z/OS MQSeries Queue Manager Administration Tool Via MQClient Running on Windows

This command line tool gives runmqsc-style access to mainframe queue managers from a Windows platform.

I’ve written it in ANSI C where possible so that it could be compiled on any platform (although it might need a little modification). It works by making an MQClient connection and opening the SYSTEM.COMMAND.INPUT queue. It then creates a dynamic queue modeled on the SYSTEM.COMMAND.REPLY.MODEL for responses.

Then, after command line parsing is done, MQSC commands are sent up to the mainframe which, as long as the command server is running and there is sufficient authority, will throw back a number of responses that I lightly parse (basically to get rid of extra spaces and other extraneous material) and then display results back to the user.

You can maintain connections to various mainframes and switch between them easily (unlike on the mainframe panels). To use it from the command line, type McbOSMQSC; then you’re given an interactive prompt.

Before connecting to a queue manager, you need to set your user ID for authentication on the command server. To do this, type:

user <mainframeuserid>

Then, to connect to a mainframe queue manager, use:

con <userdefinedname> <connectionname> [srvconchannel]

You can ommit srvconchannel if it is SERVERCON. Userdefinedname is a unique reference to the conection, so you can refer to it. You now can use normal MQSC commands including: alter, clear, define, and so forth. If you have more than one connection, you can switch between them by using:

  • sw <userdefinedname> to switch a named connection or
  • sw on its own to switch to the next connection or
  • swp on its own to switch to the previous connection

You also can use the transmission queue feature of MQ to connect to mainframes that don’t have a server connection channel but have a server link from another mainframe queue manager that does. To do this, switch to a mainframe queue manager that has a server link to the remote queue manager and then type:

conr <userdefinedname> <xmitq>

To quit, type:


You can put multiple commands on the same line by seperating them with a semi-colon:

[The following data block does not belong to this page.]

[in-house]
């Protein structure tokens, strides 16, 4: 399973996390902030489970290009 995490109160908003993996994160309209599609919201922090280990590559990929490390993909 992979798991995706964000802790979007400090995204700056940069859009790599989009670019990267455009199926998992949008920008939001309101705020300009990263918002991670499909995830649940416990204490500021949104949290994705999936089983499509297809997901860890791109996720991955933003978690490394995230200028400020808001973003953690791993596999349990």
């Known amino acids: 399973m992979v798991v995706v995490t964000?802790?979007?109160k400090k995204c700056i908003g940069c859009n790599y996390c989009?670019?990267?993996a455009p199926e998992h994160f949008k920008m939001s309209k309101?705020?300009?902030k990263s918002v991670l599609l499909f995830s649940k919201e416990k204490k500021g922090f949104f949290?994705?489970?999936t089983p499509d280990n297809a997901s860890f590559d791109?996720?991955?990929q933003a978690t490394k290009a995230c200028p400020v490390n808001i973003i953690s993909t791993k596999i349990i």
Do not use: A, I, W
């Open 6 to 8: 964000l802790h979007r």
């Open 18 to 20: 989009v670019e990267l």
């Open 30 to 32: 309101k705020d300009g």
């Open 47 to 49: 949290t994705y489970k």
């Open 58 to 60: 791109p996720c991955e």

dis qmgr; dis qlocal(*); dis qr(*)

You can also create aliases that expand to other command(s).

alias aliasname <command> [+ <command2>]

Then, you would refer to the alias by enclosing it in < and >. For example:

alias displayall dis qmgr + dis qlocal(*) + dis qr(*)

Use like this:


Aliases also can expand to other aliases but I don’t check for circular references, so be careful not to get stuck in an infinite loop. You can process the contents of a file by using:

file <filename>

For example, you might use this to set up aliases and other commands upfront. Parameters passed after McbOSMQSC when the utility is started will be also be treat as files. For a list of all local commands, type:


MQSeries errors can be looked up by using:

error <errorno>

Providing the attached file containing the reasons codes (Reasons.txt) is located in the same directory as the utility. I’ve added a piping featue so you can take the results from the command server and call subsequent commands for each response. For example, if I wanted to determine what channel and connection name a remote queue definition used, I might typically have to:

  • Look up the queue to find the XMITQ queue name.
  • Look up the process name from the XMITQ queue name to get the process.
  • Look up the userdata from the process to determine the name of the channel.
  • Look up the channel and obtain the connection name.

This might become a pain if you need to do this for more than one queue. By using pipes, this could be achieved in the utility, as follows:

dis qr(MYQUEUES*) xmitq | echo Queue: {QUEUE} ; dis q({XMITQ}) |
   dis process({PROCESS}) | dis channel({USERDATA}) |
   echo ConnectionName: {CONNAME}

Broken down, the code means the following:

  • dis qr(MYQUEUES*) xmitq |
    Talks to the mainframe command server to ensure the XMITQ attribute is returned for all queues which match the wildcard MYQUEUES*.
    The pipe ‘|’ at the end of sequence means that the results of the command are sent to the next.
  • echo Queue: {QUEUE} ;
    Display the QUEUE attribute from each of the above responses (the attribute is specified by placing the attribute name in braces “{ and }”—this isn’t case sensitive).
  • dis q({XMITQ}) |
    Talk to the mainframe for each of the above responses and obtain the xmit queues for each above response (again, the attribute specified by using braces). The results of this command are then piped on to the next.
  • dis process({PROCESS}) |
    Talk to the mainframe command server to obtain each process for each of the above nested responses, pipe the results of this command on again…
  • dis channel({USERDATA}) |
    Talk to the mainframe command server and obtain each channel for the above responses, pipe the command on again.
  • echo ConnectionName: {CONNAME}
    Display the connection name.

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